Starfish speak to the imagination. That must have been the thought crossing the mind of the Dutch WWF marketers who came up with this new, brilliant campaign “Become a sea star“. Drench a Nemo-video in a low quality Skyfall song, and you have yourself a campaign clip. I cry every time I see it. The Starfish invasion comes to save the reefs. Except that starfish don’t save reefs, they eat them.
In that sense, this ad is comparable to promoting flowerbeds with grass mowers. I also find it very similar to the ladybug symbol of the Dutch anti-violence organisation. Ladybugs are top-of-the-food-chain predators, about as peacefull as a hungry shark. If you look at them up close, you’ll see that they have jaws made of the terminator’s childhood toys. I’ve seen the little devils do things to each other in petri dishes that I dare not describe. I can forgive the Dutch peace fighters, they just see a little cute spotted being on their knee. WWF, on the other hand, knows that starfish invasions can wipe out coral reefs. They even educate us about it on their site.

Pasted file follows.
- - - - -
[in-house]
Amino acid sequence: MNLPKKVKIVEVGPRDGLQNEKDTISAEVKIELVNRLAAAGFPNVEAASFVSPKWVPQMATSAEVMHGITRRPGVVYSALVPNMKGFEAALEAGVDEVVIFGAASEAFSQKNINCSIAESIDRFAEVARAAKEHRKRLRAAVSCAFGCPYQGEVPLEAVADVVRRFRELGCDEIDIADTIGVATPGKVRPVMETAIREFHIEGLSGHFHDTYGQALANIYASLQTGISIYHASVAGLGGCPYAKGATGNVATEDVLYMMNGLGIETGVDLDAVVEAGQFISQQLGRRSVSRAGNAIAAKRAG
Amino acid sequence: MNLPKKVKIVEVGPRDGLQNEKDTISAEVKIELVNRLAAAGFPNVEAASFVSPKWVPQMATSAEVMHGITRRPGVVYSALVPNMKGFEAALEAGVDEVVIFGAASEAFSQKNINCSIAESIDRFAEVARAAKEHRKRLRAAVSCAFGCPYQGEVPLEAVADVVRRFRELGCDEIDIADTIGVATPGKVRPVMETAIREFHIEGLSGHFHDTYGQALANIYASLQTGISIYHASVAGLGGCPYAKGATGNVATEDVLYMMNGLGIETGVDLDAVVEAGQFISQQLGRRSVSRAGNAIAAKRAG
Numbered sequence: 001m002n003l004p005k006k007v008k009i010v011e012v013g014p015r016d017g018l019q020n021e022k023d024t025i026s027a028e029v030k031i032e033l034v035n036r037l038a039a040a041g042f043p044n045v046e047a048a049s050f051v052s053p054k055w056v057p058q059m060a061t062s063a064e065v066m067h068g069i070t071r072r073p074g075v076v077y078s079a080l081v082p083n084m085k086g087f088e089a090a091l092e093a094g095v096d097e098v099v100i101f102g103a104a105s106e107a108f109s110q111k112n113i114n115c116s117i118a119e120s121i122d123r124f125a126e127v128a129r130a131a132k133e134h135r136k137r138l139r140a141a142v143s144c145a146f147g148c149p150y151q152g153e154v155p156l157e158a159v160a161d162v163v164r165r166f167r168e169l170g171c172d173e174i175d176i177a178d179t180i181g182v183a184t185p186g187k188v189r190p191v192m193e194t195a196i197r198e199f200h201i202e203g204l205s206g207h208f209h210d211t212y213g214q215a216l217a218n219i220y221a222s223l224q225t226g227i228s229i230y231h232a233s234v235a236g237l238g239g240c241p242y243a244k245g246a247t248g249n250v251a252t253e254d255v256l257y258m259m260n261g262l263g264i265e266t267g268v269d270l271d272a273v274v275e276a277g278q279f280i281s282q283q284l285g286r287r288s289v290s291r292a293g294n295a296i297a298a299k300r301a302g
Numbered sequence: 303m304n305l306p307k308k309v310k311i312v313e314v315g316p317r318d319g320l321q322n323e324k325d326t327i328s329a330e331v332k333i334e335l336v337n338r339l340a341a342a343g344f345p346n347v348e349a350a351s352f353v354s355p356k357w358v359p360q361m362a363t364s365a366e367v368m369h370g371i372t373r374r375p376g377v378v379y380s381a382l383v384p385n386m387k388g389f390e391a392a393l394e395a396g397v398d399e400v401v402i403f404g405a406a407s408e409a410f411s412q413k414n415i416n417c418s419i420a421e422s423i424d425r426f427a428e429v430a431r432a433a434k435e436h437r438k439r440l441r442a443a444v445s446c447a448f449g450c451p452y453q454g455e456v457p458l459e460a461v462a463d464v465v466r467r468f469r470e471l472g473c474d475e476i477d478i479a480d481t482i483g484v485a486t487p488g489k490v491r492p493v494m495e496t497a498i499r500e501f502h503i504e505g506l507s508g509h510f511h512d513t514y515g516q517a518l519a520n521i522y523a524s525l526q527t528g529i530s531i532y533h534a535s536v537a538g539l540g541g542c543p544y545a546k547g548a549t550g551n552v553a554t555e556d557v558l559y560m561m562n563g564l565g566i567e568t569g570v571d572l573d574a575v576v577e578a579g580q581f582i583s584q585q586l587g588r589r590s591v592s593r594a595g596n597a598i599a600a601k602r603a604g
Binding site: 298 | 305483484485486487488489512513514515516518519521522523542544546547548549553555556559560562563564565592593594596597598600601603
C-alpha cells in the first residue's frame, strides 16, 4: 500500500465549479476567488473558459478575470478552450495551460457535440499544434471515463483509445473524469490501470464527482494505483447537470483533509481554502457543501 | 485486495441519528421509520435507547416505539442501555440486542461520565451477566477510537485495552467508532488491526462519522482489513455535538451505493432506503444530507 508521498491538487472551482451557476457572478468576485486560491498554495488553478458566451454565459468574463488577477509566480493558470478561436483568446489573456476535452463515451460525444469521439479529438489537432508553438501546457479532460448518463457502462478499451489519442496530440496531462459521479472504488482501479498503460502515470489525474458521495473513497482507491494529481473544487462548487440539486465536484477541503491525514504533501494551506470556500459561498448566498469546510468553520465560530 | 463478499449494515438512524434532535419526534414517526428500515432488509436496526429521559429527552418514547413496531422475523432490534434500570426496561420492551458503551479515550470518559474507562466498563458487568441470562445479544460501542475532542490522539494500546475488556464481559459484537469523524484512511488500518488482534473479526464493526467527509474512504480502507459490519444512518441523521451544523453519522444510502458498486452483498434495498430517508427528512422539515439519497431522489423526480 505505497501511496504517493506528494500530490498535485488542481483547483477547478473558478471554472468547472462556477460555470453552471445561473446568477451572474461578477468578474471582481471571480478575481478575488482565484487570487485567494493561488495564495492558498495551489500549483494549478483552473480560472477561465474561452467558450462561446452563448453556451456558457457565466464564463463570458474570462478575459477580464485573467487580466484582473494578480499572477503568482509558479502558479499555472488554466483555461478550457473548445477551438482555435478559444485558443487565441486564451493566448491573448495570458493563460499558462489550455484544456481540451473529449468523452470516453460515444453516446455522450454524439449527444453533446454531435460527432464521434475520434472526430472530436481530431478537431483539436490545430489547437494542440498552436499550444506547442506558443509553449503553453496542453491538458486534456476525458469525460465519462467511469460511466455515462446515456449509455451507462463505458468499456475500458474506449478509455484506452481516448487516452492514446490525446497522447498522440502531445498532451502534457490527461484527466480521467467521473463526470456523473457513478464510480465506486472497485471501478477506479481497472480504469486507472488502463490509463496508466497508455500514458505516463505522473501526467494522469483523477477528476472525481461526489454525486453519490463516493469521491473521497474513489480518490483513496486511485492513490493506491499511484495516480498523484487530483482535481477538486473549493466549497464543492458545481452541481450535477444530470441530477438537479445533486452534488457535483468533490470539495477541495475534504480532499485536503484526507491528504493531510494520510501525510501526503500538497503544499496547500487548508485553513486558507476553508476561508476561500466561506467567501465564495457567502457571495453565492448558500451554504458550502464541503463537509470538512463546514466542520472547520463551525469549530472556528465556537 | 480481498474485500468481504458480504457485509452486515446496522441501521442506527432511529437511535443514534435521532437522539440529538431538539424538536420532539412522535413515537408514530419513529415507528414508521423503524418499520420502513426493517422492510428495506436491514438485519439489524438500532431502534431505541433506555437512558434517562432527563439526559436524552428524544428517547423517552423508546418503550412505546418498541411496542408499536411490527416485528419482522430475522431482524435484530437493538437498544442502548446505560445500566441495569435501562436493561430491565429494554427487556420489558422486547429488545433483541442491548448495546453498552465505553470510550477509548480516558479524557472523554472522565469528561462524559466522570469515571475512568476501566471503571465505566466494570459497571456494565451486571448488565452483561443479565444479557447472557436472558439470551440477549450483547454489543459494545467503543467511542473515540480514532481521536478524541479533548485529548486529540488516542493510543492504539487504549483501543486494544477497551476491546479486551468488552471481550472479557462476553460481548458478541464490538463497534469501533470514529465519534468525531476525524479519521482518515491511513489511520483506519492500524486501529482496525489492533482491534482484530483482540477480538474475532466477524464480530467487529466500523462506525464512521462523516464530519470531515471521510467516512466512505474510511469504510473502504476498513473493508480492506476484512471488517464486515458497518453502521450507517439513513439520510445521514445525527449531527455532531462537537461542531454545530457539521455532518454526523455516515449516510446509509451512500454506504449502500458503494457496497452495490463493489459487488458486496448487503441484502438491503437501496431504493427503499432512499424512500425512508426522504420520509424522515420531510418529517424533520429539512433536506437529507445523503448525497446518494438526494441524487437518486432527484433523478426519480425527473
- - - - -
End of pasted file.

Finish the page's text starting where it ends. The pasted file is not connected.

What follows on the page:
Can we forgive them? They do good work, of couse. And starfish as such are not too bad. They keep oceans balanced by eating up wildgrowth and cleaning the waste of the dead. Starfish are fantastic as long as they’re not with too many, like in the video. And we can all become sea stars! Doesn’t that sound great?
Okay, well, who am I kidding? If you’re an organisation of that size, you can’t expect the marketing department to be in touch with the experts. Their task is to draw in the cash, and if that means speaking to the audience as the stars they can become, that’s just smart advertising. Just like the Panda bear logo. People love Panda bears. Their feeble nature speaks in their favour.
It’s the see-through internal conflict of interests. It’s not that WWF is evil, it’s just that they don’t seem to agree with themselves. On the one hand they want to educate people about the values of nature, but on the other they’re prepared to throw that overboard when it comes to raising funds. Then they wield systematic logic using emotional leverage to do… what? It makes me wonder how much these employees actually care about their subject. Or maybe they know. Maybe they deliberately mislead the audience to protect the very thing they use to fool us. It itches me somewhere.